A war in a measure unexpected, a war whose reality was unanticipated, a war which some thought would be over in a short time, became all too soon a reality. English public schoolboys and others who had compared shooting the enemy to a pheasant shoot, soon discovered a very different and terrible reality. Movements of troops took time. My father, when a boy in the brewery town of Alton in Hampshire, remembered the troops which had marched from the garrison town of Aldershot, camping on the Butts Green, as the first stage on their three day march before they prepared to move on to Southampton or Portsmouth to embark for France and Flanders. The journey to the front took time – as it took time as the first Christmas of the war approached for Christmas greetings and Christmas gifts to be brought to those at the front....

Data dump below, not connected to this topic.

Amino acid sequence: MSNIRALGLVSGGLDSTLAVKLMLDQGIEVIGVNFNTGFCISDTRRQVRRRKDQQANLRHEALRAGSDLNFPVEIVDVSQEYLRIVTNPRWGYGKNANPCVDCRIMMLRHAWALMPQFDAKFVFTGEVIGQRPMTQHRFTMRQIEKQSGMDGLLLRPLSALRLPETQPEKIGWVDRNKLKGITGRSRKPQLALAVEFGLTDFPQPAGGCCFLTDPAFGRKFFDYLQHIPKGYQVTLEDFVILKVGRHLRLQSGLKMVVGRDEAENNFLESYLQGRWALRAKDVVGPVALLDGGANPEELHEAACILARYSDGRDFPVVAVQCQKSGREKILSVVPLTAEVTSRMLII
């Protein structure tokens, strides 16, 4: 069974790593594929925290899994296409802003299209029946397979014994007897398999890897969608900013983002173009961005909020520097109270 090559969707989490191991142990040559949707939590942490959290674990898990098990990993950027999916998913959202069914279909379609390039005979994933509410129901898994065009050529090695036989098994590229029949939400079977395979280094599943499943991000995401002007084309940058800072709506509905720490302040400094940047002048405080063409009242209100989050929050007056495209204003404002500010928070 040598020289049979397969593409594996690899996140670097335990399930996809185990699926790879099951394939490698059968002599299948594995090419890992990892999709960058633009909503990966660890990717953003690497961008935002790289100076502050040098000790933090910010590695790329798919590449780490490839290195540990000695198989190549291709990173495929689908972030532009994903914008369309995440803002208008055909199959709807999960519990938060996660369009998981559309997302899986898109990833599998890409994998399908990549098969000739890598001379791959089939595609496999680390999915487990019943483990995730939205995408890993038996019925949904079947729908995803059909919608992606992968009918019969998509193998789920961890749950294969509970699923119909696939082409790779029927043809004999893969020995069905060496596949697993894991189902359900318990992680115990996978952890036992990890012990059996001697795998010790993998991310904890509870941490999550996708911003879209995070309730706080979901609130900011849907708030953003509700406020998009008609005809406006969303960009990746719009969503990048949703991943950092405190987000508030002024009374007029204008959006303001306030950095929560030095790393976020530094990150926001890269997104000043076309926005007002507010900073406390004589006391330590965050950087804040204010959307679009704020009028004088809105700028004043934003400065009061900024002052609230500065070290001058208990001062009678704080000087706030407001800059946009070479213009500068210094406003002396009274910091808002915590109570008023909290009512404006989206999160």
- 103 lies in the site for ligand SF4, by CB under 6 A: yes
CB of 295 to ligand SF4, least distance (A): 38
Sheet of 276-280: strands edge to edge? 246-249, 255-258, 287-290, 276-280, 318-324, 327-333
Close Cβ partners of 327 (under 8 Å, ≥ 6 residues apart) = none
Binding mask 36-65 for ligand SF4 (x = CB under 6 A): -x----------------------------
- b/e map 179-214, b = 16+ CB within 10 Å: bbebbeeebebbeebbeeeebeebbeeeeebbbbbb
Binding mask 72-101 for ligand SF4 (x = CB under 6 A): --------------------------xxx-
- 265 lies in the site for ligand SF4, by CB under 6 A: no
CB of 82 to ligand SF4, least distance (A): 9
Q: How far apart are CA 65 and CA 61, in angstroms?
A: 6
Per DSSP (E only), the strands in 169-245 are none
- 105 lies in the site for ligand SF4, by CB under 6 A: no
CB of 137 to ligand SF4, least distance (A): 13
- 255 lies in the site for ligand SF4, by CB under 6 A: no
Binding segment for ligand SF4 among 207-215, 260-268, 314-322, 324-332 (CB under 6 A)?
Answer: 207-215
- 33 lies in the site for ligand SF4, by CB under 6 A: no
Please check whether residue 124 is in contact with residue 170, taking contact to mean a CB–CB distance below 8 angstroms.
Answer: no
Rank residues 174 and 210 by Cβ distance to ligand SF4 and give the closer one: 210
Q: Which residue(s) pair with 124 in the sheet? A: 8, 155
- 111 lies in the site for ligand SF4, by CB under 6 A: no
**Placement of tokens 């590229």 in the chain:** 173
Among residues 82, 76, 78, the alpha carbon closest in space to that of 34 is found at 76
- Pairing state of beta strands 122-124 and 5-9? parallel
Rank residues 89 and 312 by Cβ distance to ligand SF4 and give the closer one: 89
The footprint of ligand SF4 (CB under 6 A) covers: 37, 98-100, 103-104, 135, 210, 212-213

So what happened at the Christmas Truce in 1914? It was conditioned by the new situation of industrialised warfare, and in particular trench warfare. No longer were battles charges of cavalry, whirling swords and thrusts of spears, knights in armour, or even the firing of cannon balls.
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Posted December 27, 2012 at 5:50 am
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